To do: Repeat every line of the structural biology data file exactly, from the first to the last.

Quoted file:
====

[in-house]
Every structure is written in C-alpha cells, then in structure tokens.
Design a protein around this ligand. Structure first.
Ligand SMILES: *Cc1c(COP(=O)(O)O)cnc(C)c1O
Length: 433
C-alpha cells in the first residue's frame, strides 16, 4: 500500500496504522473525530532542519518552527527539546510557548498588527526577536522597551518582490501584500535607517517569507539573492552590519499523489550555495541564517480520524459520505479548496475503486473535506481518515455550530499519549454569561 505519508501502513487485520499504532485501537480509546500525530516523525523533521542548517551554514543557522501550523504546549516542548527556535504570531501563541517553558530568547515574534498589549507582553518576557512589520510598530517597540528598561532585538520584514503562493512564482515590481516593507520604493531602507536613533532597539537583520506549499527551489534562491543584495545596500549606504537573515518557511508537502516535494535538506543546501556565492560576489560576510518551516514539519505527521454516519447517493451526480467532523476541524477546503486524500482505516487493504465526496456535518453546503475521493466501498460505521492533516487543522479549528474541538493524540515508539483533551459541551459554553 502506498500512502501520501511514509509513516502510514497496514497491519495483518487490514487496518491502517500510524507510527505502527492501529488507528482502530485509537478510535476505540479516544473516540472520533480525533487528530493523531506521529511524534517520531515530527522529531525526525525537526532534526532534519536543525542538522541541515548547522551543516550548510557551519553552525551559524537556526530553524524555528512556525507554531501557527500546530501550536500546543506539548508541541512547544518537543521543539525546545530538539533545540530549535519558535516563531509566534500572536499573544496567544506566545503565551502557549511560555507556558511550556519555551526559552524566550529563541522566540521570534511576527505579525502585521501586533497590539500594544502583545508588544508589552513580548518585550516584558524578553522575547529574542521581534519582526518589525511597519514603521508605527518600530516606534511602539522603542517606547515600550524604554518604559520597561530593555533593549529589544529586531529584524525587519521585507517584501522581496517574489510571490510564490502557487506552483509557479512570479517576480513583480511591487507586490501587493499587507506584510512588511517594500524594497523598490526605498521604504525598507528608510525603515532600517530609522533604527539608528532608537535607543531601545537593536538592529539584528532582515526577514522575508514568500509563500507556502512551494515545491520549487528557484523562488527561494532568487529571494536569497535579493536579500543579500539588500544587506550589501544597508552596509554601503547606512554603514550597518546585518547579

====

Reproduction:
[in-house]
Every structure is written in C-alpha cells, then in structure tokens.
Design a protein around this ligand. Structure first.
Ligand SMILES: *Cc1c(COP(=O)(O)O)cnc(C)c1O
Length: 433
C-alpha cells in the first residue's frame, strides 16, 4: 500500500496504522473525530532542519518552527527539546510557548498588527526577536522597551518582490501584500535607517517569507539573492552590519499523489550555495541564517480520524459520505479548496475503486473535506481518515455550530499519549454569561 505519508501502513487485520499504532485501537480509546500525530516523525523533521542548517551554514543557522501550523504546549516542548527556535504570531501563541517553558530568547515574534498589549507582553518576557512589520510598530517597540528598561532585538520584514503562493512564482515590481516593507520604493531602507536613533532597539537583520506549499527551489534562491543584495545596500549606504537573515518557511508537502516535494535538506543546501556565492560576489560576510518551516514539519505527521454516519447517493451526480467532523476541524477546503486524500482505516487493504465526496456535518453546503475521493466501498460505521492533516487543522479549528474541538493524540515508539483533551459541551459554553 502506498500512502501520501511514509509513516502510514497496514497491519495483518487490514487496518491502517500510524507510527505502527492501529488507528482502530485509537478510535476505540479516544473516540472520533480525533487528530493523531506521529511524534517520531515530527522529531525526525525537526532534526532534519536543525542538522541541515548547522551543516550548510557551519553552525551559524537556526530553524524555528512556525507554531501557527500546530501550536500546543506539548508541541512547544518537543521543539525546545530538539533545540530549535519558535516563531509566534500572536499573544496567544506566545503565551502557549511560555507556558511550556519555551526559552524566550529563541522566540521570534511576527505579525502585521501586533497590539500594544502583545508588544508589552513580548518585550516584558524578553522575547529574542521581534519582526518589525511597519514603521508605527518600530516606534511602539522603542517606547515600550524604554518604559520597561530593555533593549529589544529586531529584524525587519521585507517584501522581496517574489510571490510564490502557487506552483509557479512570479517576480513583480511591487507586490501587493499587507506584510512588511517594500524594497523598490526605498521604504525598507528608510525603515532600517530609522533604527539608528532608537535607543531601545537593536538592529539584528532582515526577514522575508514568500509563500507556502512551494515545491520549487528557484523562488527561494532568487529571494536569497535579493536579500543579500539588500544587506550589501544597508552596509554601503547606512554603514550597518546585518547579